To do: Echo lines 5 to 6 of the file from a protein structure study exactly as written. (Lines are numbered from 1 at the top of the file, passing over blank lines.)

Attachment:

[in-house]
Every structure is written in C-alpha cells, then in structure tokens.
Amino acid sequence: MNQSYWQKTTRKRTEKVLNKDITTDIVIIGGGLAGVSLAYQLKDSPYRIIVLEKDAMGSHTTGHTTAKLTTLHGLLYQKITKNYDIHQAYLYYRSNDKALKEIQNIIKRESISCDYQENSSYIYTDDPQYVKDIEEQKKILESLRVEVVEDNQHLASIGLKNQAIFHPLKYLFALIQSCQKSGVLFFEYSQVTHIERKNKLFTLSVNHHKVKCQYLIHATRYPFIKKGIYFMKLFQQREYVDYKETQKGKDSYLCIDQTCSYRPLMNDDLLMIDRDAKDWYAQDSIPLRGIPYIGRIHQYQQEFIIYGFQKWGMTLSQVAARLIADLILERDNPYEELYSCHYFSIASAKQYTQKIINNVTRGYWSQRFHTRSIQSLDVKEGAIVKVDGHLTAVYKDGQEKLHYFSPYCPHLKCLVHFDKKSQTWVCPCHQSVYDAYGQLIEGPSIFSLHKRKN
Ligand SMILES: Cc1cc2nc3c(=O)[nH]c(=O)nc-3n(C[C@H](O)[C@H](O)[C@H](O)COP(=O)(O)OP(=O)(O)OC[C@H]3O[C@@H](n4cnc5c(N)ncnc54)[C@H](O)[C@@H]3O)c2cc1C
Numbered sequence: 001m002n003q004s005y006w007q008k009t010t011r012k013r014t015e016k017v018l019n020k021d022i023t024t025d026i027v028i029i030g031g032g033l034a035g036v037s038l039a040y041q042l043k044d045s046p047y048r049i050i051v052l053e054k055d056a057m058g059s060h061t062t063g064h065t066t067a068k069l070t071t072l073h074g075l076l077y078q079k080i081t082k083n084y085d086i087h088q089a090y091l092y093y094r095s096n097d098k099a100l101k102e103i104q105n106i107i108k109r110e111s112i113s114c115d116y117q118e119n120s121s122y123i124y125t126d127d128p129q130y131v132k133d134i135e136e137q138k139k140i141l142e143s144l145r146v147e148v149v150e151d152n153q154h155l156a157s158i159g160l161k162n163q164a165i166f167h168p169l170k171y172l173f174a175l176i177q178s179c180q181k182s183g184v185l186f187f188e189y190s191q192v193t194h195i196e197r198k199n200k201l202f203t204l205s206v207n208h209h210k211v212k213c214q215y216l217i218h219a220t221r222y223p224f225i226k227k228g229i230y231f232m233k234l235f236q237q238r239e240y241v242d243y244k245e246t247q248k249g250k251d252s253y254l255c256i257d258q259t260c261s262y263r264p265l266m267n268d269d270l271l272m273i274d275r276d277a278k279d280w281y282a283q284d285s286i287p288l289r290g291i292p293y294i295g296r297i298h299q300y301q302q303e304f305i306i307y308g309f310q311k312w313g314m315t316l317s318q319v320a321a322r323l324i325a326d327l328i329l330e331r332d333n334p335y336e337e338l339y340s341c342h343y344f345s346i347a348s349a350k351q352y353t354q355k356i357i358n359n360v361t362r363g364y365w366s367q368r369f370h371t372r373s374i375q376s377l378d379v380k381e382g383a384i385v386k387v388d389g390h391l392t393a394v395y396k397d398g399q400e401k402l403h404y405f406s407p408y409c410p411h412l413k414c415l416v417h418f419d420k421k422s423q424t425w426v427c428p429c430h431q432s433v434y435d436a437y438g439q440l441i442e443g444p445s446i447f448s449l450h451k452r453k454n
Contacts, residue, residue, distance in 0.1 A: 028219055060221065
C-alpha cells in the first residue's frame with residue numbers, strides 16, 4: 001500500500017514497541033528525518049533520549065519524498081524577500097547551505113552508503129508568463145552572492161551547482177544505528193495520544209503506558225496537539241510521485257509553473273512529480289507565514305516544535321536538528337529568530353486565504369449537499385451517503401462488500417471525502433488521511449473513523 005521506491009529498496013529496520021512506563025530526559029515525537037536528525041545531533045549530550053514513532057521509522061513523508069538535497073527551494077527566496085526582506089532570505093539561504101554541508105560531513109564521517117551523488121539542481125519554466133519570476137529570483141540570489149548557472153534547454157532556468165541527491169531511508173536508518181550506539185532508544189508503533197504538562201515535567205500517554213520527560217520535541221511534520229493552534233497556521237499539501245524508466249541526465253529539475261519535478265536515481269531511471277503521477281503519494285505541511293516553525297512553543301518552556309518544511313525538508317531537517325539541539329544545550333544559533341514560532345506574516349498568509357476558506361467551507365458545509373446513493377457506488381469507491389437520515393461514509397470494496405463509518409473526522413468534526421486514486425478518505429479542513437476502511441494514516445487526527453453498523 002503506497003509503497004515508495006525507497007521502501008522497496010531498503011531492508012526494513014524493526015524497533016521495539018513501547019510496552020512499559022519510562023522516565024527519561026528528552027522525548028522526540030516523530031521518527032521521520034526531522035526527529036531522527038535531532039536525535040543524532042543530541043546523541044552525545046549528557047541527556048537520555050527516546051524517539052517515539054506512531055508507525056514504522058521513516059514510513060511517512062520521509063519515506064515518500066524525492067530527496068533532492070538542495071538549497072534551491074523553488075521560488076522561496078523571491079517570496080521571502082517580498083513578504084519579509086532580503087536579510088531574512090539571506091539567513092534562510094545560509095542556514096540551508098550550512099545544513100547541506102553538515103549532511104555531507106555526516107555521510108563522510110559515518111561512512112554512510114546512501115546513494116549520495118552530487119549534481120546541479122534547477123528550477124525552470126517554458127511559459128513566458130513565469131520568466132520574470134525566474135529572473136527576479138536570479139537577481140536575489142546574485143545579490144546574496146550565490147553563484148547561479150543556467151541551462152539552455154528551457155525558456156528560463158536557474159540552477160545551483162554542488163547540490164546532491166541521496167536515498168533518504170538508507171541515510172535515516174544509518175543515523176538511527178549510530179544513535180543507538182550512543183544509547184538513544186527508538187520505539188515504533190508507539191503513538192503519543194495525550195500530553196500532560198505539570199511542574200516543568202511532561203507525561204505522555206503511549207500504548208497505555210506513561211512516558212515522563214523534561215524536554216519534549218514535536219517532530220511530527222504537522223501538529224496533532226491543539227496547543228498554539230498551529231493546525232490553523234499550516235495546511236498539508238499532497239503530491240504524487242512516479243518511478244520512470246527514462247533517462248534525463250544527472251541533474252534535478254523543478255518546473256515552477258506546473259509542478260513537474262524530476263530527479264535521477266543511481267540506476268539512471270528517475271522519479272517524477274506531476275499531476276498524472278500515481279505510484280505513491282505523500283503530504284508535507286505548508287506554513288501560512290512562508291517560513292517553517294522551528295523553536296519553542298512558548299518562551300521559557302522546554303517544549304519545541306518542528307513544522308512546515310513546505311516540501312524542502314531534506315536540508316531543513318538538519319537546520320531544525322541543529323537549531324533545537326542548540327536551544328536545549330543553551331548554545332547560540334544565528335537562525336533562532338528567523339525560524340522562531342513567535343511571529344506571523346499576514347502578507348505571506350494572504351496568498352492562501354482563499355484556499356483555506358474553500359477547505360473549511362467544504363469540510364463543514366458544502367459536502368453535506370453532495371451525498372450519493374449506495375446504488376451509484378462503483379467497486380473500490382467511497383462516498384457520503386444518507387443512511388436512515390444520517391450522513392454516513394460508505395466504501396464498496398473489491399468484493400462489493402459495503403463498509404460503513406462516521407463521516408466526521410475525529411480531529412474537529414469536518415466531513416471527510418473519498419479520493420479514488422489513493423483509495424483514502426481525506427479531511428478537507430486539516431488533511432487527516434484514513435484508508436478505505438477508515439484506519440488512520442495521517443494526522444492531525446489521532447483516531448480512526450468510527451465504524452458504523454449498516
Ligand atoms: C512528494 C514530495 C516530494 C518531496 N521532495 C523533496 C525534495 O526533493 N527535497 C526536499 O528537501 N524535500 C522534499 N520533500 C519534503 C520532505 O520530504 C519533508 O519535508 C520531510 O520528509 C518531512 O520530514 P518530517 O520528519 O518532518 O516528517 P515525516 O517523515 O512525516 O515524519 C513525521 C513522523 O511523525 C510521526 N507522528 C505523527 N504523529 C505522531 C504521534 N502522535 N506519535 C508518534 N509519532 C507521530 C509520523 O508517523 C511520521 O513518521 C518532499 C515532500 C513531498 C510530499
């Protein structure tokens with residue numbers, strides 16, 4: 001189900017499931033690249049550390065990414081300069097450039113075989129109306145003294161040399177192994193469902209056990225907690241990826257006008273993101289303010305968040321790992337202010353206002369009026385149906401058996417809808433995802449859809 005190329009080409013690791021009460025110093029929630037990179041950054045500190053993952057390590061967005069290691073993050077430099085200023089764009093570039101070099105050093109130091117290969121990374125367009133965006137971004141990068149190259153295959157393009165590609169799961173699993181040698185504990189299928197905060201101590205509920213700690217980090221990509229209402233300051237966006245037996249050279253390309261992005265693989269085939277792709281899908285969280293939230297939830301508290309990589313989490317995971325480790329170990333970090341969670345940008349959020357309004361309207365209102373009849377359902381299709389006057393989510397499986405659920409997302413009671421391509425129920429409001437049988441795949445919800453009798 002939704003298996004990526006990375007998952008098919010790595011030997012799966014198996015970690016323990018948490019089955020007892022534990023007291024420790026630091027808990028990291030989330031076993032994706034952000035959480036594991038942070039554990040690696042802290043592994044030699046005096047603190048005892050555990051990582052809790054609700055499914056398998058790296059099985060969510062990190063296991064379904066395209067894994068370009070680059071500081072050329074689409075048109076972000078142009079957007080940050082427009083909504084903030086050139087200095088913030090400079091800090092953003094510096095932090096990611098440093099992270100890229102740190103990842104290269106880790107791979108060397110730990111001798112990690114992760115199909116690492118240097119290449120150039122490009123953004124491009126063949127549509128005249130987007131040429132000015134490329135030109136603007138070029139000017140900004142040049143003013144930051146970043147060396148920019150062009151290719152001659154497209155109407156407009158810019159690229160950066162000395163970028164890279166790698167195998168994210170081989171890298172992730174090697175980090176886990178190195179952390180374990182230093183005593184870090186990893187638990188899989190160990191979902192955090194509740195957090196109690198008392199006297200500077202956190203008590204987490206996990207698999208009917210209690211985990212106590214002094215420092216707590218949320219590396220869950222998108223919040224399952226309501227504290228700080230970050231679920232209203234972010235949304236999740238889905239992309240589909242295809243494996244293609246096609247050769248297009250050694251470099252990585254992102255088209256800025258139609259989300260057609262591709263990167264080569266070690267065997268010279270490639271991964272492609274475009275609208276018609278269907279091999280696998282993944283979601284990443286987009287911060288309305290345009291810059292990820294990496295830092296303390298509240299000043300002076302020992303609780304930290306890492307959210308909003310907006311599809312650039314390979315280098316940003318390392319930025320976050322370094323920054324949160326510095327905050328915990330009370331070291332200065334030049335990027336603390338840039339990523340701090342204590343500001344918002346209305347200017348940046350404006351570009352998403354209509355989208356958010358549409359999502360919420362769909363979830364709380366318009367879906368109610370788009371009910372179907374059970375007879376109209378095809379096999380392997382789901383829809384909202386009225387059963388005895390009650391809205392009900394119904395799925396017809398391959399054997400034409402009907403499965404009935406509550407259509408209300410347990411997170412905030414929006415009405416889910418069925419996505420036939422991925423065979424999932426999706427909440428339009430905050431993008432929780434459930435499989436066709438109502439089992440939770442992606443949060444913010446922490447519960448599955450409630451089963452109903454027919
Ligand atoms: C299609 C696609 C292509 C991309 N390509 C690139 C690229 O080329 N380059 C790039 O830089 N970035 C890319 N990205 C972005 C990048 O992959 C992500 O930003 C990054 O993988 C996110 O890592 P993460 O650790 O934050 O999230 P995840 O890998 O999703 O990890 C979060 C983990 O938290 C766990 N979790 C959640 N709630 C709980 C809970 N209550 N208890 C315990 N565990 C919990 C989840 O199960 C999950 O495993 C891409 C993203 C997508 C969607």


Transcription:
Numbered sequence: 001m002n003q004s005y006w007q008k009t010t011r012k013r014t015e016k017v018l019n020k021d022i023t024t025d026i027v028i029i030g031g032g033l034a035g036v037s038l039a040y041q042l043k044d045s046p047y048r049i050i051v052l053e054k055d056a057m058g059s060h061t062t063g064h065t066t067a068k069l070t071t072l073h074g075l076l077y078q079k080i081t082k083n084y085d086i087h088q089a090y091l092y093y094r095s096n097d098k099a100l101k102e103i104q105n106i107i108k109r110e111s112i113s114c115d116y117q118e119n120s121s122y123i124y125t126d127d128p129q130y131v132k133d134i135e136e137q138k139k140i141l142e143s144l145r146v147e148v149v150e151d152n153q154h155l156a157s158i159g160l161k162n163q164a165i166f167h168p169l170k171y172l173f174a175l176i177q178s179c180q181k182s183g184v185l186f187f188e189y190s191q192v193t194h195i196e197r198k199n200k201l202f203t204l205s206v207n208h209h210k211v212k213c214q215y216l217i218h219a220t221r222y223p224f225i226k227k228g229i230y231f232m233k234l235f236q237q238r239e240y241v242d243y244k245e246t247q248k249g250k251d252s253y254l255c256i257d258q259t260c261s262y263r264p265l266m267n268d269d270l271l272m273i274d275r276d277a278k279d280w281y282a283q284d285s286i287p288l289r290g291i292p293y294i295g296r297i298h299q300y301q302q303e304f305i306i307y308g309f310q311k312w313g314m315t316l317s318q319v320a321a322r323l324i325a326d327l328i329l330e331r332d333n334p335y336e337e338l339y340s341c342h343y344f345s346i347a348s349a350k351q352y353t354q355k356i357i358n359n360v361t362r363g364y365w366s367q368r369f370h371t372r373s374i375q376s377l378d379v380k381e382g383a384i385v386k387v388d389g390h391l392t393a394v395y396k397d398g399q400e401k402l403h404y405f406s407p408y409c410p411h412l413k414c415l416v417h418f419d420k421k422s423q424t425w426v427c428p429c430h431q432s433v434y435d436a437y438g439q440l441i442e443g444p445s446i447f448s449l450h451k452r453k454n
Contacts, residue, residue, distance in 0.1 A: 028219055060221065